Defining principles that influence antimicrobial peptide activity against capsulated Klebsiella pneumoniae
Proceedings of the National Academy of Sciences of the United States of America
The extracellular polysaccharide capsule of Klebsiella pneumoniae resists penetration by antimicrobials and protects the bacteria from the innate immune system. Host antimicrobial peptides are inactivated by the capsule as it impedes their penetration to the bacterial membrane. While the capsule sequesters most peptides, a few antimicrobial peptides have been identified that retain activity against encapsulated K. pneumoniae, suggesting that this bacterial defense can be overcome. However, it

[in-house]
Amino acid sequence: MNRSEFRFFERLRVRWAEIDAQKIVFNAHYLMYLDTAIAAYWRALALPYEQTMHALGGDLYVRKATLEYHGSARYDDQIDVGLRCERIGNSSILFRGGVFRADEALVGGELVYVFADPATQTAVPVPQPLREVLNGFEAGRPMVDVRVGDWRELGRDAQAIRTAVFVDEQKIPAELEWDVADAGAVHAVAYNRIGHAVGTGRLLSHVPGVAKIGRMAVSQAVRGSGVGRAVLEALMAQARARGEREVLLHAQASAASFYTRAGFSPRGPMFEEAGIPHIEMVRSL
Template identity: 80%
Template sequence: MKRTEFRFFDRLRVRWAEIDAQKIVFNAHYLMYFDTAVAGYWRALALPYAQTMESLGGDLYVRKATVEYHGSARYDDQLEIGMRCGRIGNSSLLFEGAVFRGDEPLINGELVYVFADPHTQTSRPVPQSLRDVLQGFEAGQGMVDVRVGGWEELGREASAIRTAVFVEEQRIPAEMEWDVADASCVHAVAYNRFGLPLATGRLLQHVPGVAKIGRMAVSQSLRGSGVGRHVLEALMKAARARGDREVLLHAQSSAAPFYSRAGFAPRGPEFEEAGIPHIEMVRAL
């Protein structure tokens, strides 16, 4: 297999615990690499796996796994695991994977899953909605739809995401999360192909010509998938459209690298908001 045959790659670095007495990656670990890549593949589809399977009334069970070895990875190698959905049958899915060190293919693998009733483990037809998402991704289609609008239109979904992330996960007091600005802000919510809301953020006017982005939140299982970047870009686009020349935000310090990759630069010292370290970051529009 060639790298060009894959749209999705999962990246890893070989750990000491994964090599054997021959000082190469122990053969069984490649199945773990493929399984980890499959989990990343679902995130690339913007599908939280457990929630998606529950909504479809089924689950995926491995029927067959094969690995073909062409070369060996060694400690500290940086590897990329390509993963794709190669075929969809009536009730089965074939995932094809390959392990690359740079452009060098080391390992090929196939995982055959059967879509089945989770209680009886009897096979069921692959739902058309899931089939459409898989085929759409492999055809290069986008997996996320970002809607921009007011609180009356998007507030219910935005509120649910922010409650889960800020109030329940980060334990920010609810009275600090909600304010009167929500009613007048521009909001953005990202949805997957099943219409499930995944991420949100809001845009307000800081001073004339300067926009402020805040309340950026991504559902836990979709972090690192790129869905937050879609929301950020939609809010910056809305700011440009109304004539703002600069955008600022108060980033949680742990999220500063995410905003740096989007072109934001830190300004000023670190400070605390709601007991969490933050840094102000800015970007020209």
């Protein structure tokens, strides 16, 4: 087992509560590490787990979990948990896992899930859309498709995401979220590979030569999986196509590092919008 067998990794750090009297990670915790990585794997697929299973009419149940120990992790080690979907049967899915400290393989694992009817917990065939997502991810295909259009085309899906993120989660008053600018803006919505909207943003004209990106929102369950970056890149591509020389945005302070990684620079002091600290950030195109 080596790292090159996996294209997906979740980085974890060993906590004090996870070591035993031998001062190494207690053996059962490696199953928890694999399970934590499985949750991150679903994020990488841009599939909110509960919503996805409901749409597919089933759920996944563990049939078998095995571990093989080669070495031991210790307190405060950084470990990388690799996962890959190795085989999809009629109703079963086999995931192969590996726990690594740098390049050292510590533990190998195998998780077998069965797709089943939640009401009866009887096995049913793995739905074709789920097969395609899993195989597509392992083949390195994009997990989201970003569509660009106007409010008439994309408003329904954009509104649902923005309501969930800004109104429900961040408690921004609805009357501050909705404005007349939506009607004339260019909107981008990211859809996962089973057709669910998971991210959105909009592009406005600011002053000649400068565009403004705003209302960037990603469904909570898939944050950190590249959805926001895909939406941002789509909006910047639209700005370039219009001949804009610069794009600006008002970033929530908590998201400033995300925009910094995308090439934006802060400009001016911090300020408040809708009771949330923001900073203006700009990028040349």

... unclear what factors allow peptides to avoid capsule inhibition. To address this, we created a peptide analog with strong antimicrobial activity toward several K. pneumoniae strains from a previously inactive peptide. We characterized the effects of these two peptides on K. pneumoniae, along with their physical interactions with K. pneumoniae capsule. Both peptides disrupted bacterial cell membranes, but only the active peptide displayed this activity against capsulated K. pneumoniae. Unexpectedly, the active peptide showed no decrease in capsule binding, but did lose secondary structure in a capsule-dependent fashion compared with the inactive parent peptide. We found that these characteristics are associated with capsule-peptide aggregation, leading to disruption of the K. pneumoniae capsule. Our findings reveal a potential mechanism for disrupting the protective barrier that K. pneumoniae uses to avoid the immune system and last-resort antibiotics.